The government slightly increased efforts to protect victims. Authorities identified 17 potential victims in 2018—at least 12 foreign nationals and three Belizeans; 12 adult females and five minors—compared to 17 potential victims in 2017 and 12 potential victims in 2016. In 2018, authorities confirmed eight forced labor victims and one sex trafficking victim. The government reported it was updating formal victim identification procedures, but currently employed a procedure to screen for potential victims among vulnerable groups, such as individuals in prostitution and migrants. Observers reported more consistency in victim identification, but also stated gaps still existed, such as authorities who rarely took action in response to credible reports of potential victims by NGOs, possibly leading to fewer victim identifications and weak victim protection. In addition, while Belize’s anti-trafficking law exempted victims from punishment for unlawful acts traffickers compelled them to commit, NGOs reported authorities arrested, jailed, or deported victims following raids of commercial sex establishments due to immigration violations. The national anti-trafficking council ensured social workers accompany the TIP-dedicated law enforcement unit on operations and raids conducted by the council’s operations subcommittee to screen, identify, and assist victims. However, social workers were not routinely present when other law enforcement units conducted operations and raids on commercial sex establishments. Victims’ fear of detention or deportation may have contributed to their reluctance to report trafficking to law enforcement officers.
The government reported the Department of Human Services provided 11 of the 17 victims with services; the other six refused services. The government coordinated and funded shelter, medical, and psychological services to adult victims through the Alternative Care Unit and to children through the Child Protection System and foster care. The government trained and partnered with domestic violence NGOs to provide shelter and services to adult female trafficking victims. Service providers developed victim care plans with victim participation with the goal of encouraging independence, and these plans included presenting adult victims with the option of staying in shelters, safe houses, or independent living and placing minors in the child protection system or in kinship care and independent living upon reaching adulthood; five victims transitioned from shelters or safe houses to kinship care or independent living in 2018.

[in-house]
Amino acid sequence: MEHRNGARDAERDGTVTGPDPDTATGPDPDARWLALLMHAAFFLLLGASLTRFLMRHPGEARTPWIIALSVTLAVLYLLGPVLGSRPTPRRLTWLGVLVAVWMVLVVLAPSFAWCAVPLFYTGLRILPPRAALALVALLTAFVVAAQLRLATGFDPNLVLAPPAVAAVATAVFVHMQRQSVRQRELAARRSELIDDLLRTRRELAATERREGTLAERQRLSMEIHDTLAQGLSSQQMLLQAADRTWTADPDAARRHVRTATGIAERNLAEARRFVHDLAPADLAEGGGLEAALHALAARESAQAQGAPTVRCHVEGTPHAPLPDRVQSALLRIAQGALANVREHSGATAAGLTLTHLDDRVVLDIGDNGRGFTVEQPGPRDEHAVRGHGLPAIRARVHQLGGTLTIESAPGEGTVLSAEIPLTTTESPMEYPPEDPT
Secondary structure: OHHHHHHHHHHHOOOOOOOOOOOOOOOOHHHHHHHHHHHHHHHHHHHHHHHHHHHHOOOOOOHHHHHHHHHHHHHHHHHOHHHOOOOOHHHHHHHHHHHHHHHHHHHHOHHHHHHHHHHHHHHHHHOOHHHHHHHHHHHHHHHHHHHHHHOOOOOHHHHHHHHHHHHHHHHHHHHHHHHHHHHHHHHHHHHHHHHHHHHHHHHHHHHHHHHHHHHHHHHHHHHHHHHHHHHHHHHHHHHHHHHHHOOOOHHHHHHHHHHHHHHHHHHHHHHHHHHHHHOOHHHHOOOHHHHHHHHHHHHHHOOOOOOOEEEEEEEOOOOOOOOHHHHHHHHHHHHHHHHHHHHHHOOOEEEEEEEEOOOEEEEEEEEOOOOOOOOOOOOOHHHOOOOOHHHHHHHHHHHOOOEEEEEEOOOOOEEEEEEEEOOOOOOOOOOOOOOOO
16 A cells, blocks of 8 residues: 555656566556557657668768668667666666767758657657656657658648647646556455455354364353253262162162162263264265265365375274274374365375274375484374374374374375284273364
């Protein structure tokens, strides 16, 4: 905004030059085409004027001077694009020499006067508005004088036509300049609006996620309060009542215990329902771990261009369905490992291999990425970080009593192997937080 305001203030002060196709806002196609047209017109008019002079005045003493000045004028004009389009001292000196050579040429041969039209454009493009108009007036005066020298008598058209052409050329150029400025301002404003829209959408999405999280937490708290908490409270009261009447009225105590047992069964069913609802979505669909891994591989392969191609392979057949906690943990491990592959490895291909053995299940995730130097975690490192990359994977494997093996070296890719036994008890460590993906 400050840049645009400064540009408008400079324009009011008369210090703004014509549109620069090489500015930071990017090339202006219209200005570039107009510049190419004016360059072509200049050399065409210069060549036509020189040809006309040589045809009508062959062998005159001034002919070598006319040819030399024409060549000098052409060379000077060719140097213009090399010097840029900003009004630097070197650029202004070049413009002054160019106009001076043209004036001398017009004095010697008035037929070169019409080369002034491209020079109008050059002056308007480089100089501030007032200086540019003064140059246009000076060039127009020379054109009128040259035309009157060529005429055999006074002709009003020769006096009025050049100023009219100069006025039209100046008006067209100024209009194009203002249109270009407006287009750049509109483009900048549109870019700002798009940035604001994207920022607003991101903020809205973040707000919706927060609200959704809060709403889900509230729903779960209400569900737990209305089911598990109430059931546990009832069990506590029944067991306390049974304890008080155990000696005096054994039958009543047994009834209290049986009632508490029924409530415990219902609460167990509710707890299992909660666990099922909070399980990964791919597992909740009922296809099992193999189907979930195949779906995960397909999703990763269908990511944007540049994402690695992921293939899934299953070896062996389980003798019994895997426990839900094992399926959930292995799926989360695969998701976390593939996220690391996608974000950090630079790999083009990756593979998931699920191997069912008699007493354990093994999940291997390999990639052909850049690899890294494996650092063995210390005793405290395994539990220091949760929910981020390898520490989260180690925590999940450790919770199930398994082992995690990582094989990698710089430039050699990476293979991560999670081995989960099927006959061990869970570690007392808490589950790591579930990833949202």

Government social workers monitored foster care placements for child victims and developed individual case plans for each child, which included a home study to determine if placement is in the best interest of the child. The government noted the support offered by foster families empowered victims and led to the successful conviction in 2016. Experts expressed concerns about the lack of education about trafficking for some foster parents, uneven coordination and communication between government agencies and foster parents, and limited availability of psycho-social care in general, including for trafficking victims. Observers reported limited shelter options for male victims, including migrants. As in the previous year, the government allocated 200,000 Belizean dollars ($100,000) to the national anti-trafficking council, some of which it dedicated to victim services. In total, the government dedicated 107,000 Belizean dollars ($53,500) to victim services in 2018, which included food, clothing, medical expenses, counseling, stipends, and repatriation expenses.
The government conducted risk assessments of 13 victims related to ongoing prosecutions, which included providing security in the courtroom, confidential accommodations, and relocation of victims when necessary for security. Court delays, affecting the justice system as a whole, and fear of retaliation by traffickers may have led foreign national victims to decline or withdraw cooperation with law enforcement and return to their home countries. Per government policy, foreign victims identified in potential trafficking cases may be granted temporary residency status regardless of their cooperation with investigations or prosecutions, and the government assigned a social worker to assist all 12 foreign national victims in obtaining immigration relief, housing, and medical services. However, the government repatriated all 12 foreign national victims identified in the reporting period. The government granted temporary residency permits to two victims identified in previous reporting periods. Victims could apply for work permits free of cost, and the government granted three such permits in 2018. A court may order restitution upon a trafficker’s conviction but did not do so in 2018.